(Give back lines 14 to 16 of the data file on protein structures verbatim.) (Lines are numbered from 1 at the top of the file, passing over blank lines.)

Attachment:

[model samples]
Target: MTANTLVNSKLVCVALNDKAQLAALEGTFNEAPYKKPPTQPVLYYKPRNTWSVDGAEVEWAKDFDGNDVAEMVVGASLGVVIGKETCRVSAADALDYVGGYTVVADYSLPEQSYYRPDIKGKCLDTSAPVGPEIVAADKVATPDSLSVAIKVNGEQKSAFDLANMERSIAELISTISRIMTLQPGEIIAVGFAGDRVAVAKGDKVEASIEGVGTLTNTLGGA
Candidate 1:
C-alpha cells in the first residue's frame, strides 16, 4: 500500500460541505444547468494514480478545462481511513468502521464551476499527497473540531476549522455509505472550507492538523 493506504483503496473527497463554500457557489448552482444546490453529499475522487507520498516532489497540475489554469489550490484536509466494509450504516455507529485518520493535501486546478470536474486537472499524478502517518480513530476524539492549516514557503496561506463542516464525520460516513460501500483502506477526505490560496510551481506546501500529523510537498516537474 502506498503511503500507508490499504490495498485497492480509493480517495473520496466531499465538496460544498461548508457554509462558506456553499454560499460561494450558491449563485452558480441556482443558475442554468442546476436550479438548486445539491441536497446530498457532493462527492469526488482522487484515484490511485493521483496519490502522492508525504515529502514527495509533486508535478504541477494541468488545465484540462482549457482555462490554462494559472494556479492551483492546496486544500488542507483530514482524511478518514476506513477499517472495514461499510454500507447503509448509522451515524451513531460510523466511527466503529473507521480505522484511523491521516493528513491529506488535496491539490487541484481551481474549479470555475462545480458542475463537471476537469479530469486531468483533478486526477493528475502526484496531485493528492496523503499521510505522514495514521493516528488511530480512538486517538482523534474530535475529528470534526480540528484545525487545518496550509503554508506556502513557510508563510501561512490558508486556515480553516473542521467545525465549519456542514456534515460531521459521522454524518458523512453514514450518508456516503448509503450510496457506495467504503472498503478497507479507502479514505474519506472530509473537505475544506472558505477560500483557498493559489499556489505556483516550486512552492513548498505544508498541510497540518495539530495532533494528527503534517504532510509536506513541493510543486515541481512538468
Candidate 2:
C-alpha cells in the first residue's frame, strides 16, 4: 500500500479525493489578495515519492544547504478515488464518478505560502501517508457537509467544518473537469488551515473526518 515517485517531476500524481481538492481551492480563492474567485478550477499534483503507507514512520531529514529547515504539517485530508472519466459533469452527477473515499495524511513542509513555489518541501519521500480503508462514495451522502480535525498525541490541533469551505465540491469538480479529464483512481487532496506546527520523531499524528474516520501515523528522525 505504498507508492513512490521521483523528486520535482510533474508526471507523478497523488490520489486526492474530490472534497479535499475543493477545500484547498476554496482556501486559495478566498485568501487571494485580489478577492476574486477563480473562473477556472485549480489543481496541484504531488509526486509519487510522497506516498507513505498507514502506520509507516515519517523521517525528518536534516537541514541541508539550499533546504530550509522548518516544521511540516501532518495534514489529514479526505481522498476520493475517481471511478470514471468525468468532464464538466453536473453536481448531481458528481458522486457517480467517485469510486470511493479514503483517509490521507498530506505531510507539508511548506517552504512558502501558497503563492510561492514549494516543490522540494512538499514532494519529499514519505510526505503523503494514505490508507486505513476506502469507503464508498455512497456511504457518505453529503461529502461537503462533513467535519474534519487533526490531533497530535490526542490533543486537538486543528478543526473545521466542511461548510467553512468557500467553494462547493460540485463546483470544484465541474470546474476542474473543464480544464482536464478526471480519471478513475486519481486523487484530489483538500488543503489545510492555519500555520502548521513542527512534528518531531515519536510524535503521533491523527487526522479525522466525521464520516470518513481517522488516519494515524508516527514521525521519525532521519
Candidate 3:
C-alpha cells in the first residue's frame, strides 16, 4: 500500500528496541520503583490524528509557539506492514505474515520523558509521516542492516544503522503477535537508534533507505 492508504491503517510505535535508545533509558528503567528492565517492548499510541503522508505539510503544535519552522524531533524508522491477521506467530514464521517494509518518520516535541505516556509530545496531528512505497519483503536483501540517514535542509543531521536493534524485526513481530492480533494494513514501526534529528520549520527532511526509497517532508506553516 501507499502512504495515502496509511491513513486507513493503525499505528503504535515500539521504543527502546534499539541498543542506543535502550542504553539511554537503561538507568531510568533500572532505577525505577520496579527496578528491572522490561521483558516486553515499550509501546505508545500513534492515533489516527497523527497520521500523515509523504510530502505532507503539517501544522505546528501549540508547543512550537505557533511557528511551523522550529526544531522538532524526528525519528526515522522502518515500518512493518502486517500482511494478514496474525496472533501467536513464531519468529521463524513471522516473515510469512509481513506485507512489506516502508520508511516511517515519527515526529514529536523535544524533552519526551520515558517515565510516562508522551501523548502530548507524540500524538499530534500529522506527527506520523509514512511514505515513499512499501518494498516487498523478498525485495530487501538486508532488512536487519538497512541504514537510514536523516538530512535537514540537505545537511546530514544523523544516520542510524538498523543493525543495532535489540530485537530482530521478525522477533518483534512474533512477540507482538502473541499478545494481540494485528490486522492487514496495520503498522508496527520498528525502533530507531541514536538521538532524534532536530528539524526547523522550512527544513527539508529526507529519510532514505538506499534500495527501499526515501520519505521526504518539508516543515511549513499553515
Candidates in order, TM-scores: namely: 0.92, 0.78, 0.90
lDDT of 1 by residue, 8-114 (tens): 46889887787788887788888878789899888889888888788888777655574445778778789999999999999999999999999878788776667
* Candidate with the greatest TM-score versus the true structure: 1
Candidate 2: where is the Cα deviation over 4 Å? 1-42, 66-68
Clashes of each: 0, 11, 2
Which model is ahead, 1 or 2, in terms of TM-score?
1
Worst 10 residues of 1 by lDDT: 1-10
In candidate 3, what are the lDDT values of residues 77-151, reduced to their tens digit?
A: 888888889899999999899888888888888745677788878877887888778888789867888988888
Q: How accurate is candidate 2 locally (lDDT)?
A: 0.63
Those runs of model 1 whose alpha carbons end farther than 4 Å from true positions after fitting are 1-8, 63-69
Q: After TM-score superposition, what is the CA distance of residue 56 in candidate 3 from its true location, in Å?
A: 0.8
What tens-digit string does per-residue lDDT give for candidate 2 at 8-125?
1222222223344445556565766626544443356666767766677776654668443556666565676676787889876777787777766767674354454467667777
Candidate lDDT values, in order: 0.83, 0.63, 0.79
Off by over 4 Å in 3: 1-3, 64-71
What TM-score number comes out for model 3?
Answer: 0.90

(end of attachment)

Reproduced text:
Which model is ahead, 1 or 2, in terms of TM-score?
1
Worst 10 residues of 1 by lDDT: 1-10